Some kids have security blankets. Some don’t go anywhere without their favorite teddy bear or stuffed cat or Elmo doll. My toddler isn’t any different, it’s just that he has forty-seven security blankets, and they are called trains (actually, they are not all called trains, they have specific names and identities like Percy, Gordon, Edward, and Balloon Car. FML). I have no problem with my kiddo being a train aficionado; in fact, I think it’s adorable and, as a good friend once said when I mentioned Leo’s preference for moving vehicles, “What could be bad about it? It’s just transportation.” I had to agree. I don’t mind that my kiddo wants ALL THOMAS ALL THE TIME. It’s cute — except for the fact that I have officially become a train herder. I dream about my kiddo being obsessed with one dirty, unidentifiable stuffed animal with a missing eye and a dried lollipop stick stuck in its fur. Because the alternative is a part-time job tracking, mobilizing, and collecting easily misplace-able small plastic toys.
Case in point: Let’s say it’s the morning, and Leo’s just woken up. What does he want to do? Take all of his trains upstairs from his bedroom to the playroom put them on the “TRACKS! TRACKS!” (to any outsider, my sweet 2yo sounds like he has a gambling problem). We get upstairs, he plays with the trains on the tracks for all of five seconds, and then it’s time to go to daycare, at which point all ten trains* must be transported down two flights of stairs to the garage where they are deposited either into the pockets of my diaper bag, or in his rolling Owl, and at this point they’ve been dropped several times as we each attempt to carry way more trains than hands were designed for. (I know what you’re thinking: we should move to a one-story house. We live in San Francisco so that is actually a physical impossibility, but point taken).
Once we arrive at daycare, the looming question of the day is (wait for it)… which trains he will take with him? James and the red car? Talking Gordon and Talking Gordon’s Tender? A decision is painstakingly made, and a few hours later, at pick-up time, it is my sole responsibility to remember which trains traveled with him so that I can guarantee we’re bringing said vehicles back home with us. Otherwise, lasting psychological damage might occur before we make it back to daycare in two days (this step is even more critical if there’s a weekend pending. The last thing I want to hear for 48 hours is “WHERE’S PERCY WHERE’S PERCY WHERE’S PERCY?”** At bedtime, trains go with him in his crib or big boy bed, and all of his favorites must be present, I mean I don’t blame him I can’t sleep without my red car, either.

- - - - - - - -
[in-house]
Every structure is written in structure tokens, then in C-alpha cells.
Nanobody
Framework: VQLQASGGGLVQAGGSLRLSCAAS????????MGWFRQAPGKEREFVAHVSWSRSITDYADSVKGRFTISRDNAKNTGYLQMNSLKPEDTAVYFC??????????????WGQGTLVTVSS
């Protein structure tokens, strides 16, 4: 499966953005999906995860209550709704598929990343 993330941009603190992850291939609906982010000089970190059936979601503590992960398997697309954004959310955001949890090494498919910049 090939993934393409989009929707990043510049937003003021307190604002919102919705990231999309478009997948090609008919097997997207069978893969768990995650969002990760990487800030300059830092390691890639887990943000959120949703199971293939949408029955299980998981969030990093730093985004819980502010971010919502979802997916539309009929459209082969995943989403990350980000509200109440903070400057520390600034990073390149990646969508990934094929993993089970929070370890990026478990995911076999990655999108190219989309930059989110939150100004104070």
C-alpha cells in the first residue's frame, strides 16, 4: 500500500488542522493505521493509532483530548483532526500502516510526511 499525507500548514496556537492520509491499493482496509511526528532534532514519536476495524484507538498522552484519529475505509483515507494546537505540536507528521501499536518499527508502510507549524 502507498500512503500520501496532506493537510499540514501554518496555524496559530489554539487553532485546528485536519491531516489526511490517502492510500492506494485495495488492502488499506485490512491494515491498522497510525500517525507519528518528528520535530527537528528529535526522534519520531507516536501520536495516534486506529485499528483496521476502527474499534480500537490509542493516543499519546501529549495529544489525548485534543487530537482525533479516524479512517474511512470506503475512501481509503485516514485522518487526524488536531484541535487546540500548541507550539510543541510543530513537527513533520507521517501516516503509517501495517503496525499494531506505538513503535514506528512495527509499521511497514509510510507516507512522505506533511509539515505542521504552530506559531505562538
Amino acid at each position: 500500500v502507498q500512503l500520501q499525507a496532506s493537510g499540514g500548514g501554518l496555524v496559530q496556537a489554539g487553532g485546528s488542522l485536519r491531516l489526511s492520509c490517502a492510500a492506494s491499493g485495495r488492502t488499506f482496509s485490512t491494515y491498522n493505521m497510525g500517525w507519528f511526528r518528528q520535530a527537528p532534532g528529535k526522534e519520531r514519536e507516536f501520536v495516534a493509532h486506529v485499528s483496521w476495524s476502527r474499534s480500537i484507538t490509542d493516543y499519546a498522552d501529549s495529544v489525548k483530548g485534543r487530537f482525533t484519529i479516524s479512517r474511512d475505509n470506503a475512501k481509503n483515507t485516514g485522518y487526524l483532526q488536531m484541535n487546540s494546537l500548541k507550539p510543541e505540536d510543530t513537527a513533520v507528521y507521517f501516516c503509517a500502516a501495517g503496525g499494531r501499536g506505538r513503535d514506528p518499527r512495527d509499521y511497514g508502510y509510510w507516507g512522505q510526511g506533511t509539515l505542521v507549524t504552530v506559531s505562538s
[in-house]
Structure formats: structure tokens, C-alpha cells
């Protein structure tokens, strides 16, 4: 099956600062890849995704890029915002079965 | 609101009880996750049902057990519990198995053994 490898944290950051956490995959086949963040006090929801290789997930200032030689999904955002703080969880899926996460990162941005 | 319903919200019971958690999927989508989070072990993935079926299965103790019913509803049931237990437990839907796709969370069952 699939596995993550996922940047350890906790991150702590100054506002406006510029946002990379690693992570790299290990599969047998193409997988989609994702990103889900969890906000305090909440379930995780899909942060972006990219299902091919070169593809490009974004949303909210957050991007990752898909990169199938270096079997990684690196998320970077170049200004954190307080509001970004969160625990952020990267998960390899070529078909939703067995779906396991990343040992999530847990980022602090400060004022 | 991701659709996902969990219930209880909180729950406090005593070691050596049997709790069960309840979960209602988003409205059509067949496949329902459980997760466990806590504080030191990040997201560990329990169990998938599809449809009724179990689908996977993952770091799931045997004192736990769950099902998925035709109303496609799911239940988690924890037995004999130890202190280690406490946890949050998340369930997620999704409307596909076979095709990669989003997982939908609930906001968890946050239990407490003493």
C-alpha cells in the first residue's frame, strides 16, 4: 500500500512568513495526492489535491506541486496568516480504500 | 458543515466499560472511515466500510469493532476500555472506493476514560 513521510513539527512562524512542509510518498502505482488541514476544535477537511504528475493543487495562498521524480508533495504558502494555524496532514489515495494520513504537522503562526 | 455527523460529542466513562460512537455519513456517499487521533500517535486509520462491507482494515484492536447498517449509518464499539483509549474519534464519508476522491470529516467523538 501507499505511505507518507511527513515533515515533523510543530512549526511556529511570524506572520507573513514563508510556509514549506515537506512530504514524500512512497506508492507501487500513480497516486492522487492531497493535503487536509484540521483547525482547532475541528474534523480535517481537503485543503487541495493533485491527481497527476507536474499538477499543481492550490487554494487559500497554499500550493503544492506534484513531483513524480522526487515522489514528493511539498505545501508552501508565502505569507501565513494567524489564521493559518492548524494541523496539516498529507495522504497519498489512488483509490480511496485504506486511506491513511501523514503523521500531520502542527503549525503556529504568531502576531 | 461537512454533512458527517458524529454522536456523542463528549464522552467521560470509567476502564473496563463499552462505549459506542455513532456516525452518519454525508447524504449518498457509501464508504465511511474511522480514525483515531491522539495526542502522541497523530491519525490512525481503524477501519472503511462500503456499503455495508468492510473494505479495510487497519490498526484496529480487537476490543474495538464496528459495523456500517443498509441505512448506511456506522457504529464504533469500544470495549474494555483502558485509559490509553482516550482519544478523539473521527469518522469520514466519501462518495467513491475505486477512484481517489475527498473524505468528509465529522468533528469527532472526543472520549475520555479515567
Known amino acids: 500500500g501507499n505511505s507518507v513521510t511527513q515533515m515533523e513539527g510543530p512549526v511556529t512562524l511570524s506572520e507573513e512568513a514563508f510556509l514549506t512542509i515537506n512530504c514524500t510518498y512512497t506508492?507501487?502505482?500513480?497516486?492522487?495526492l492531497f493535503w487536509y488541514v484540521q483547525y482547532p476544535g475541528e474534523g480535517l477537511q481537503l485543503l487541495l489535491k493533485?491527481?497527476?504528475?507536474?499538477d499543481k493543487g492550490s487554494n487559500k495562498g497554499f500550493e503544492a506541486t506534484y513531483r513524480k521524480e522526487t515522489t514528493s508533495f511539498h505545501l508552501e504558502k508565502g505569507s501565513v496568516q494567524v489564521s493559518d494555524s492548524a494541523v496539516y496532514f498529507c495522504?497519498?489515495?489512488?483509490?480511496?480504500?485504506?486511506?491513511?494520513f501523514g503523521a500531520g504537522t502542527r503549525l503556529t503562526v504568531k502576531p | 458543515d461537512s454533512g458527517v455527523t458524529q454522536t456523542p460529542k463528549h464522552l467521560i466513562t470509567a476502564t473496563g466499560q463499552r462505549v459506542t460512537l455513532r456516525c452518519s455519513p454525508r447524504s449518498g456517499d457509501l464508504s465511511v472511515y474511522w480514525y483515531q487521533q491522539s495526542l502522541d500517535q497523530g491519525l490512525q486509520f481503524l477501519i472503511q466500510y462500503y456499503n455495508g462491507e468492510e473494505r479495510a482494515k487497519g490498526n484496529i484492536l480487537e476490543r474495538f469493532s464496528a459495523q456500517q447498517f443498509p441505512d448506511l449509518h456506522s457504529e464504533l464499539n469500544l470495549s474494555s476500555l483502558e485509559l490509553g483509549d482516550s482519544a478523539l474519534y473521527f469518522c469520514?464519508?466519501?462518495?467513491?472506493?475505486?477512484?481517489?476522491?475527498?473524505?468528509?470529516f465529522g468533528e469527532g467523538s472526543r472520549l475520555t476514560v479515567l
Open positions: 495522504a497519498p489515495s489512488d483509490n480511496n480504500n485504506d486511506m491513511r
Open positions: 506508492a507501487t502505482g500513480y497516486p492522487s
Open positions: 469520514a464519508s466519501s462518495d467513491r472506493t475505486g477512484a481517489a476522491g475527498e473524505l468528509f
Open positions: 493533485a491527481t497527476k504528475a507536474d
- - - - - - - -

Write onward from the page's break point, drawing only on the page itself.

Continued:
So what, exactly, does this mean for me? Obviously, I know almost all of the Thomas trains’ names, colors, and attributes (anyone who’s anyone knows that Toby is a tram engine made of wood, right?) but beyond that, it means that I spend a good 40 minutes of every day either searching for trains, picking up trains, rounding up trains, or putting batteries into the talking/musical trains that were invented specifically to make parents want to cry themselves to sleep. It also means that I don’t have room in my head anymore for the names of Senators or reality television stars, because if I’m not able to identify, locate, and produce Leo’s red caboose or traveling Sodor library book car on a moment’s notice, I’m the parental version of toast. What else? I can whip out a fairly accurate crayon drawing of each and every train, not that I’m bragging or anything. Trains seem to be my cross to bear right now, but there is a plus: they are extremely replaceable mass-produced toys that can even be procured, in moments of desperation, on Amazon Prime. Thank God.
*There aren’t really 47; there are about 10 “go to” trains and about 15 generic, non-Thomas-the-Train-brand back ups that don’t get chosen for important, leading roles but serve as filler in the train line-up, and those trains are sad
**This happened once, and let me cut to the chase by saying that it resulted in our family acquiring a second Percy. “Old” Percy was then, of course, immediately located, just in time for “new” Percy to disappear. At time of publication, he is still MIA.